“The funds raised will be utilized to cover legal and personal losses,” [witness Martin] Flores wrote on the GoFundMe page. “In addition, funds in excess are to cover other vendors who have been robbed of their hard earned living through citations and removal of their carts.”

While the UC Berkeley officer remains on the job, more than 35,000 people have signed a petition to have him removed from the force. The vendor’s lack of a sales permit apparently “justified” the seizure of earnings.

Some authority figures will inevitably continue to abuse their power. But it sure is nice to know that we can count on our friends online to keep the peace.

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Sisters Selling Lemonade To Pay Off Lunch Debts

Kids these days are more intellectually advanced than our generation ever was. While some are building computers, others are painting like Michelangelo. These two Seattle sisters are playing it a little bit simpler — but for a great cause. Amiah and Aria Van Hill are selling lemonade to help fellow students pay off lunch debts.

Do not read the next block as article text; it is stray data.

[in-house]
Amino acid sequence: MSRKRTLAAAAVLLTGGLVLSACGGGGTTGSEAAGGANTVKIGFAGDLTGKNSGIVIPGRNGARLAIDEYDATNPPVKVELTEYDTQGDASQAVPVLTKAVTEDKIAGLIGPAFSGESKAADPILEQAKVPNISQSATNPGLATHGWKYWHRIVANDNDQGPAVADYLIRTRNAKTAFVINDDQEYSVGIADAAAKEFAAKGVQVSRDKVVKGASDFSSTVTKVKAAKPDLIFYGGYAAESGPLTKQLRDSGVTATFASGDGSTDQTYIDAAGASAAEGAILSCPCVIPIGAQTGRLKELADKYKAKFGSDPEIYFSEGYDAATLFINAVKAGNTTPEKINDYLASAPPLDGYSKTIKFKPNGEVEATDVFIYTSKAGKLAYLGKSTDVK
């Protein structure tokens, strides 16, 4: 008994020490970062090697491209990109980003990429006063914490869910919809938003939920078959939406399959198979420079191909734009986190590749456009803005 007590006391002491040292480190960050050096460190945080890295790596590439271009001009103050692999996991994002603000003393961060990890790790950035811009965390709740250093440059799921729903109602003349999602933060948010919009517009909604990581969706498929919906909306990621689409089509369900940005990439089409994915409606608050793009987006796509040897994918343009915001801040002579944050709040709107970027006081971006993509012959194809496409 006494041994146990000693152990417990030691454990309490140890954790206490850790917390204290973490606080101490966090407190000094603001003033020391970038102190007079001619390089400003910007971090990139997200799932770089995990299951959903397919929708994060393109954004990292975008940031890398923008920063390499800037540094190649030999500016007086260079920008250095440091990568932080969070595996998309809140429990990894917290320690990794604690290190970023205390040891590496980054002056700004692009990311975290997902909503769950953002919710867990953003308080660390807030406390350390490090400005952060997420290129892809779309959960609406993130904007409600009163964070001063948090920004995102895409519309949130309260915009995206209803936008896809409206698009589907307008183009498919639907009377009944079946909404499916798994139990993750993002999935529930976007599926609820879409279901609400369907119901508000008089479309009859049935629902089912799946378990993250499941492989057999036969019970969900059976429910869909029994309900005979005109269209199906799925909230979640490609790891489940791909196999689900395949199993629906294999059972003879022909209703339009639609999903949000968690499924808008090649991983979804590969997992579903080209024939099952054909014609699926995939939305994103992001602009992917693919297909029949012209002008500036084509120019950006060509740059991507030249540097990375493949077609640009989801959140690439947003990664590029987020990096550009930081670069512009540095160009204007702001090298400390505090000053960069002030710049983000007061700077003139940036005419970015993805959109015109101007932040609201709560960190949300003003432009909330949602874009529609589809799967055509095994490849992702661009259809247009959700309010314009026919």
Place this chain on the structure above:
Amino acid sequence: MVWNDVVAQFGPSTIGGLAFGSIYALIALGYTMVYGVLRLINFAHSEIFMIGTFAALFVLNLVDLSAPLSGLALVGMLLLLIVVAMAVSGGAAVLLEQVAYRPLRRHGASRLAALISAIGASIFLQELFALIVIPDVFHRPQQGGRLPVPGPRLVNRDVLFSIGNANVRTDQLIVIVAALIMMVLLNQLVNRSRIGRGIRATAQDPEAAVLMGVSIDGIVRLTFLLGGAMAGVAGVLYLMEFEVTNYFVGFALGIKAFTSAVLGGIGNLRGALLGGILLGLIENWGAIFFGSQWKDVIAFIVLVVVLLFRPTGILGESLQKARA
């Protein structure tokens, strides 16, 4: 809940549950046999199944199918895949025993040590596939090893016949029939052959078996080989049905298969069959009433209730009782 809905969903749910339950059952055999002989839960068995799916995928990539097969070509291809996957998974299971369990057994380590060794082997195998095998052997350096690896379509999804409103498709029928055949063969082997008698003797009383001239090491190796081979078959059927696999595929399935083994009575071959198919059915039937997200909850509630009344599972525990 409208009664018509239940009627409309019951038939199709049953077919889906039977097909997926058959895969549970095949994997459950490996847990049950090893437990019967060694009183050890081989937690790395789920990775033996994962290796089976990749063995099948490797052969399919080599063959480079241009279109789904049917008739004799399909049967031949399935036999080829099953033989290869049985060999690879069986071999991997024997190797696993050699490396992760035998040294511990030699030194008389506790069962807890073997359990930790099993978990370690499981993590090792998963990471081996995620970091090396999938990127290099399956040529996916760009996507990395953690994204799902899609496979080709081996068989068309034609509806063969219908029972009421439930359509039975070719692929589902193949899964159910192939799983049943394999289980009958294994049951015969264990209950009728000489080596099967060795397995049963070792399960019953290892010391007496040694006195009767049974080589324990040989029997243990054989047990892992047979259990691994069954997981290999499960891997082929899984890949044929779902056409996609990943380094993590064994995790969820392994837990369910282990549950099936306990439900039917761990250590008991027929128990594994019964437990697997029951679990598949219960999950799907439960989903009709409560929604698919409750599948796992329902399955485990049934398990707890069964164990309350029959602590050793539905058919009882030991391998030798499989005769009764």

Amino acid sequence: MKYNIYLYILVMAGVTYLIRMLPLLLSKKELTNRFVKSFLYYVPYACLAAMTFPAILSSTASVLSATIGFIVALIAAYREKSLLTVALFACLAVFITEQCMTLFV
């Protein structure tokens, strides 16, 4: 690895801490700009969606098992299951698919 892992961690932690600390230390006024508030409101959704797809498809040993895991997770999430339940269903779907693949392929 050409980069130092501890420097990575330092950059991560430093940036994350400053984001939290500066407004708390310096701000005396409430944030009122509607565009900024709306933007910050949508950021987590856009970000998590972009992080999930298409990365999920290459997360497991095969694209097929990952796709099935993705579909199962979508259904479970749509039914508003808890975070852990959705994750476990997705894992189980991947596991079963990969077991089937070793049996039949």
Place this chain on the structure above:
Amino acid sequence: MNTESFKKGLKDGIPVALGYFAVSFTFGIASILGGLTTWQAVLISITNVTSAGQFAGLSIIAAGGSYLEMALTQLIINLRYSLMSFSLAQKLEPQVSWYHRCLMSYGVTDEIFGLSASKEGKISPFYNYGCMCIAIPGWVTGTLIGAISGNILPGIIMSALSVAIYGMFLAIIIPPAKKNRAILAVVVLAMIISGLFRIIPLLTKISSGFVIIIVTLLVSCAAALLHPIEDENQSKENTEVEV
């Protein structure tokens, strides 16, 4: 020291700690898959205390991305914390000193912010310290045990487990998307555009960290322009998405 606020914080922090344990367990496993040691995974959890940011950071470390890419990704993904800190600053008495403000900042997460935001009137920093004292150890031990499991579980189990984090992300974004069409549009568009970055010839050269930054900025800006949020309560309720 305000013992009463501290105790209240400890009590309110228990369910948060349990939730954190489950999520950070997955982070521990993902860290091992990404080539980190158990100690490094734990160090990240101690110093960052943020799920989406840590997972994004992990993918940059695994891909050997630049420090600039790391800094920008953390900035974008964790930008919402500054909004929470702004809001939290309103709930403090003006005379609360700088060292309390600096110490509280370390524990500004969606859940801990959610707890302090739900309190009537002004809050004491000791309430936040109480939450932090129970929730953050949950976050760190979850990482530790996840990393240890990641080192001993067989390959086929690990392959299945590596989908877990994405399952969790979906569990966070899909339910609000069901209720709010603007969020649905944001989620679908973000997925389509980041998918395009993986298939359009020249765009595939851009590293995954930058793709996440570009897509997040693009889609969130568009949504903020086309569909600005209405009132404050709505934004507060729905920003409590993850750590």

“We are thrilled that Amiah has embraced that value at such a young age and we are so very proud that she has taken it upon herself to find a way to help those in need,” [said Amiah’s elementary school principal] “She is a very special little lady.”

On their first day of sales, the sisters managed to pay off a $40.55 debt at Hayden Meadows in Idaho. Mother Rachel encouraged her daughters to extend help to other schools. They then raised over $300 for two establishments.

“I had to explain to her that this was a lot of money,” Van Hill said, recommending that they finally take their efforts to GoFundMe to reach their goal.

Donations are now at the $2,700 mark. Amiah and Aria are living proof that little girls can dream big both for themselves and for others.